Review written by Karim Malak.
In the movie Indignation, an adaptation of Philip Roth’s work, the viewer gets a taste of how a Jewish atheist student, Marcus (Logan Lerman) struggles to attend weekly sermons at a prestigious boarding school. Despite doing all he can to avoid being a Jew, Marcus plays a richly written role of a young school boy who is moved by philosophy, music and the arts. Yet despite such qualifications he is reduced by his school master – Dean Caudwell (Tracy Letts) to sheer inferiority, showing American Anti-Jewish attitudes which are written out of history. With classic anti-Jewish tropes emerging in the film, the movie centers around young ‘Marcie’s’ life where he falls in love with the beautiful Olivia Hutton (Sarah Gadon). As both explore their bodies together, word gets round and Olivia is shamed. While Marcus is taken aback by Olivia performing fellatio on him, he tells his roommates who begin to shun him and shame him. Word gets round fast.
Dean Caudwell uses the opportunity to remind Marcus of Olivia’s past attempted suicide and that she was in an asylum. This is interesting in bringing together how WWII-era ideas about the mental ward were used not only to police women’s bodies – making their sexuality seem like a disease that needed to be controlled – but that it was an ungodly disease that spread first to non-Christians such as Jewish Marcie, who for all his proclamations of being an atheist is not allowed to be one. In fact, Marcus refuses to join the Jewish Fraternity, something that seems to be beyond the head of the fraternity to understand. Yet when Marcus gets sick while arguing with Dean Caudwell, and faints because of his appendix, he wakes up in the hospital only to find the Jewish Fraternity taking care of him. For someone who tries to escape his religion so much, it cannot escape him.
In true renaissance fashion, Marcus embraces his studies and attempts to rise above the discrimination and loneliness by immersing himself in his studies. This idea whereby Marcus constantly removes his Jewish markers that would make him stand out becomes futile. In a heated discussion with Dean Caudwell, he tells him that his father is a butcher, that is what he listed in his paperwork after all; but Dean Caudwell reminds him his father is a kosher butcher. Marcus replies that he begs to differ, his father is not only a kosher butcher. This serves as an apt motif in the movie, why is it that Jews are made to identify as only Jews and at precise moments?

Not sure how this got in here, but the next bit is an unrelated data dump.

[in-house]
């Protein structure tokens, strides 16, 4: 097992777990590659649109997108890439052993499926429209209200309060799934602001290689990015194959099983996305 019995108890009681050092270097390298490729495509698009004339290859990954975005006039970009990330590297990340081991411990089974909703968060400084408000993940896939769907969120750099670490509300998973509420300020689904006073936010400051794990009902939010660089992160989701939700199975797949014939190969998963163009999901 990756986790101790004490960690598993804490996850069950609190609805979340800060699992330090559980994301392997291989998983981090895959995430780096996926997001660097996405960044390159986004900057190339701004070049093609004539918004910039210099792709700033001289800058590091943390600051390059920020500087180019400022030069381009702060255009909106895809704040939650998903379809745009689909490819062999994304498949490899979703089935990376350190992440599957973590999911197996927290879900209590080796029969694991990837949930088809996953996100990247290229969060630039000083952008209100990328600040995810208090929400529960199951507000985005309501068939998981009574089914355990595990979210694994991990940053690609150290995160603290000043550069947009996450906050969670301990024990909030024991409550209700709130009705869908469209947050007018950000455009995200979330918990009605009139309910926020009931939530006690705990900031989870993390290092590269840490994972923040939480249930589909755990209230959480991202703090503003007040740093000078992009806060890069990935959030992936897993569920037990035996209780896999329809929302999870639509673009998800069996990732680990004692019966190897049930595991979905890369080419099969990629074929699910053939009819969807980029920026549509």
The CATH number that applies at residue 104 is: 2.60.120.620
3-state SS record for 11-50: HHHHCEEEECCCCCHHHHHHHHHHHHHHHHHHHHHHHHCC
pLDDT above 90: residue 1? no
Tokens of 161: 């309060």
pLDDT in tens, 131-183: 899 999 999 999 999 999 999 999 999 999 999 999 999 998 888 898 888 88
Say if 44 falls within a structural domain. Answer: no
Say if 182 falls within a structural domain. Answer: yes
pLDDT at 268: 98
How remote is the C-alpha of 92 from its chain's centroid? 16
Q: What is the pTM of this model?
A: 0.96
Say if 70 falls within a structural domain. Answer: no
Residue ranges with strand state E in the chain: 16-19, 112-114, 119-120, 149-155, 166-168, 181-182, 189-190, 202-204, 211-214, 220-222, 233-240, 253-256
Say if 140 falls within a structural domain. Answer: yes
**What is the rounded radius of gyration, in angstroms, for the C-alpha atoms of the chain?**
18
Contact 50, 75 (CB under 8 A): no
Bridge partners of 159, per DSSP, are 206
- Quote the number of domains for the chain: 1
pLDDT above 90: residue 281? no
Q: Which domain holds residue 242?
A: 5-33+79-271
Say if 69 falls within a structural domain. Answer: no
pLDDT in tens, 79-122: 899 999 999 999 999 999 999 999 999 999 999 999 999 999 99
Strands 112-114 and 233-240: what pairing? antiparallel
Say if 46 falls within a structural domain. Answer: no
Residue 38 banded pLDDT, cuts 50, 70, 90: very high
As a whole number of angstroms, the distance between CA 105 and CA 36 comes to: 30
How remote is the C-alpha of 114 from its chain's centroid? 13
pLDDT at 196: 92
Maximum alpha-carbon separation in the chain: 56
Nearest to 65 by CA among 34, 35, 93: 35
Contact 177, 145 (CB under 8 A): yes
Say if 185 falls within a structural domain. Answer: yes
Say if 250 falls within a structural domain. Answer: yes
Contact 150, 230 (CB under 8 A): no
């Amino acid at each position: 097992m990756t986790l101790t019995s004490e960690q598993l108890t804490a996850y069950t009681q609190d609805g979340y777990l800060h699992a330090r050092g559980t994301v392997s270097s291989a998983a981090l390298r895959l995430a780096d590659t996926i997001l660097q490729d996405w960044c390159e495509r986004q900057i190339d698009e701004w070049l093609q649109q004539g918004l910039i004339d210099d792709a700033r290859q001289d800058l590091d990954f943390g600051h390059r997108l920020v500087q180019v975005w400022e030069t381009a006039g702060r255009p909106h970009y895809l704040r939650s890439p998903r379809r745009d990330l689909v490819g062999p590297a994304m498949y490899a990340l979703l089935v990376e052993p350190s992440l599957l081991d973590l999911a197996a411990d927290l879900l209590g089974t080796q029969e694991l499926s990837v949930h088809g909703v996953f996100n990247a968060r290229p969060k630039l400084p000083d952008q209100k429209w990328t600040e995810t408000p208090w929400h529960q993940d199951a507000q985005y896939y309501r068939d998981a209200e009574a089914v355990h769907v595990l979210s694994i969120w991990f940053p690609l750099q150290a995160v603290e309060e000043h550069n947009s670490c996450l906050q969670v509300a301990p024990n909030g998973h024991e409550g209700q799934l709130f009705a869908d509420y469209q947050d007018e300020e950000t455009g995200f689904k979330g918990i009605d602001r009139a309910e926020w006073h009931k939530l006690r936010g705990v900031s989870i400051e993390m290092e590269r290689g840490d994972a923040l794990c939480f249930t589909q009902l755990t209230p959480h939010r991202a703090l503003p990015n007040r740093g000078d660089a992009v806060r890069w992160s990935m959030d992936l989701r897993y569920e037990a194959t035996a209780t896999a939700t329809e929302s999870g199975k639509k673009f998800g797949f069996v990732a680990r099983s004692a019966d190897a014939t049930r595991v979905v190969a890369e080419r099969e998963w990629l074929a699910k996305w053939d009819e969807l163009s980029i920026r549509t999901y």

Marcus goes against instinct and upon learning that most students skip weekly sermons by hiring someone to hand in their attendance card, agrees to hire someone. Yet oddly enough his fixer is caught despite all other students having never been caught before. Dean Caudwell clearly does not want Marcus to stay at the school despite being a scholarship student. Upon getting caught red-handed, Marcus is kicked out and is forced to join the army in Vietnam because of the draft. The movie ends where it began: with Marcus running in Army uniform and dying in Vietnam. Marcus’s experience is precisely about the power to have his Jewish identity dictated to him despite all his efforts to hide it; in fact it is not only about having his identity dictated to him by those who want him to remove it, but it is about when his identity is dictated for him. If everybody gets away with forging their attendance during weekly sermons, it is the fact that Marcus was an agitating Jewish student that meant that they policed who handed in their attendance cards rather than leave the box where attendance cards are deposited unattended. It is at this moment, while the war in Vietnam is being fought, that Marcus was rendered a Jew despite all his attempts, ultimately resulting in his death.